AF-ON really makes AF much more functional IMO. I typically only use one fixed focus point, put that on the target, hit AF-ON till focused and then recompose and hit the shutter when ready. If I'm shooting portraits I'll move the focus point up a 1/3 so it is roughly at the eye and then just hit AF-ON to refocus as needed. The difference is now I have complete control in deciding on when the camera is going to focus and also when the shutter is going to fire by dedicating those two functions to two different buttons. No half press and hold or press and hold AFL needed.

Shawn

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Macx
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Re: Well then, put it on a DIFFERENT button
In reply to Shawn67, May 31, 2012

By that definition the OM-D does AF-ON and not AFL, when using the back button for focus.

Shawn67 wrote:

Auto Focus Lock (AFL) is quite a bit different from Auto Focus ON.

With auto focus lock the camera still focuses when you half press the shutter. Pressing and holding AFL will prevent the camera from refocusing again when you half press the shutter. Some cameras can also be set to act as a toggle for AFL one press locks focus, another touch unlocks it. I find that to be a pain to use though.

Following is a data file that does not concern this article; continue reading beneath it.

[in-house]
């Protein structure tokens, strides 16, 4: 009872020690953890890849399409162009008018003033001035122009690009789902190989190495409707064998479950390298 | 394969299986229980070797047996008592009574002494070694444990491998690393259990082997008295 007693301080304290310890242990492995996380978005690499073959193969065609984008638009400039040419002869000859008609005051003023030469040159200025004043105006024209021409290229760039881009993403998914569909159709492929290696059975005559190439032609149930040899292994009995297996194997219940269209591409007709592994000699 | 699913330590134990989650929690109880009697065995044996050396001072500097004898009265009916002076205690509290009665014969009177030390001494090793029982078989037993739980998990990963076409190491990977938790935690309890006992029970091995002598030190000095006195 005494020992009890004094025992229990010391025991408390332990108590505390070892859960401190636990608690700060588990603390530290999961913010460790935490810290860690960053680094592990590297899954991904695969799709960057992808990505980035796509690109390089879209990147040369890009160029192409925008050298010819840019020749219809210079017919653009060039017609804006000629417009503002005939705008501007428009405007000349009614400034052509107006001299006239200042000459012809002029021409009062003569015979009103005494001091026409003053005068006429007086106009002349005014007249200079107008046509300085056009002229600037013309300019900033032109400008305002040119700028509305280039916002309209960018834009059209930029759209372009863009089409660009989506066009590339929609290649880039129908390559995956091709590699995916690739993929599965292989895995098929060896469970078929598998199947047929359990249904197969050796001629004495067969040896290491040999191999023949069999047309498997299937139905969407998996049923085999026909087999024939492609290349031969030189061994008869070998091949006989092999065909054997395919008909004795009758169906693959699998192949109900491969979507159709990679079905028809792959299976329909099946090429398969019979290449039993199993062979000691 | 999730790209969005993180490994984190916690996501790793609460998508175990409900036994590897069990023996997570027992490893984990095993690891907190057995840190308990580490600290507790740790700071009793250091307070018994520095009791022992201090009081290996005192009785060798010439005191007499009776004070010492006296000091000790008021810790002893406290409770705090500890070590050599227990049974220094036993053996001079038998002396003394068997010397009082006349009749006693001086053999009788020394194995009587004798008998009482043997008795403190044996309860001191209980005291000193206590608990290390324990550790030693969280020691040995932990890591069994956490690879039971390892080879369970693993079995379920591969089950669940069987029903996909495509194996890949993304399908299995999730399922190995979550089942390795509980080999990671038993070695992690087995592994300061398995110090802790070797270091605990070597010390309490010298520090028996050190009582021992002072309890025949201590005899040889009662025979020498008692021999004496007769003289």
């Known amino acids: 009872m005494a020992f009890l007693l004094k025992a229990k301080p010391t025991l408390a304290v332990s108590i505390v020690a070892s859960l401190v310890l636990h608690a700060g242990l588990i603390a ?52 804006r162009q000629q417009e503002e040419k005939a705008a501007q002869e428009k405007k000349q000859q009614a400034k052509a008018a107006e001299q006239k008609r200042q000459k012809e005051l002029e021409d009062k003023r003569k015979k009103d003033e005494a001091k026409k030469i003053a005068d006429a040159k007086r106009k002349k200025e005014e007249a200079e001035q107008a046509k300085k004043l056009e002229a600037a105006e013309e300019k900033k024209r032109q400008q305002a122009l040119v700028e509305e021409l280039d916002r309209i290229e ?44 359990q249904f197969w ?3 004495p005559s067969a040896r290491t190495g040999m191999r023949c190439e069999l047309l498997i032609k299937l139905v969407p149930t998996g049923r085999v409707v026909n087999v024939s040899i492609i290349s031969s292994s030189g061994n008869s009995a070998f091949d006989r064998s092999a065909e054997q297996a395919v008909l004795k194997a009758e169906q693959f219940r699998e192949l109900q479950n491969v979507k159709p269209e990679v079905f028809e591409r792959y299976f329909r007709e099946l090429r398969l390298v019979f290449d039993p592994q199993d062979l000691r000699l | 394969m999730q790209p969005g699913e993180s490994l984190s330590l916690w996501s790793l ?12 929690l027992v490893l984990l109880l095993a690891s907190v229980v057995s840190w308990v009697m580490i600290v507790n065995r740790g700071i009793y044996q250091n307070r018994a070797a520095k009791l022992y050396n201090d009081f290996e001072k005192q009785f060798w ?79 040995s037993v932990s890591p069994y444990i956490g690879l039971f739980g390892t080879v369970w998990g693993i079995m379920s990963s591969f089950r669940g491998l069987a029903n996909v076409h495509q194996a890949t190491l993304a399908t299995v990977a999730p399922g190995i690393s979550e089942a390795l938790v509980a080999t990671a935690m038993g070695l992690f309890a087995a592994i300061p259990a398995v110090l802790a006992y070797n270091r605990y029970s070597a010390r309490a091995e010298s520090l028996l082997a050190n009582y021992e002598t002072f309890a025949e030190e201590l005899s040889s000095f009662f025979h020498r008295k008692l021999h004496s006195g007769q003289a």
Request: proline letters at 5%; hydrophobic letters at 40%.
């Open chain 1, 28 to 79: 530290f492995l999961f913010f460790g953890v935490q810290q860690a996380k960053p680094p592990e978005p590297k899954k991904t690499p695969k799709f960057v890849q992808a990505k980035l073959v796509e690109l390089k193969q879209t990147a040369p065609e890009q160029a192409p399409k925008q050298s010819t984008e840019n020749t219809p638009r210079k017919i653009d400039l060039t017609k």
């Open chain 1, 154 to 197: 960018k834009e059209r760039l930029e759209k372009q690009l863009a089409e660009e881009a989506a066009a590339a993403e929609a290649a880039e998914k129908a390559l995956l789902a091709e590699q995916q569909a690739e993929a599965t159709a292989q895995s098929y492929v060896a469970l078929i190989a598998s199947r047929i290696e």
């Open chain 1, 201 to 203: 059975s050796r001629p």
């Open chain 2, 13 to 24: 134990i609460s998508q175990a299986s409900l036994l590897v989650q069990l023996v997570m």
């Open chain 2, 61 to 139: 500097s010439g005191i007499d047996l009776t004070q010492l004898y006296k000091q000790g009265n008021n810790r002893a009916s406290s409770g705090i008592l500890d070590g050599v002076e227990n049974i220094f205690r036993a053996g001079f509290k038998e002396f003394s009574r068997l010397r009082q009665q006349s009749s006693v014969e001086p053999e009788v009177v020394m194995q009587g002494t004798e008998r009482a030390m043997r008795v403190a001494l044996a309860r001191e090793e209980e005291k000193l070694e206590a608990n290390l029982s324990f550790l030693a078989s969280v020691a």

The key point here is by default AF still occurs during the half press of the shutter release unless you override that with AFL.

AF-ON works differently. Now AF never occurs when you half press the shutter. The camera ONLY focuses when you press the AF-ON button. Once you release the button the camera stops focusing and does not refocus until you hit the AF-ON button again. Typically this is also used with shutter release priority (instead of focus priority) so when you hit the shutter the camera will fire the shutter immediately without confirming focus.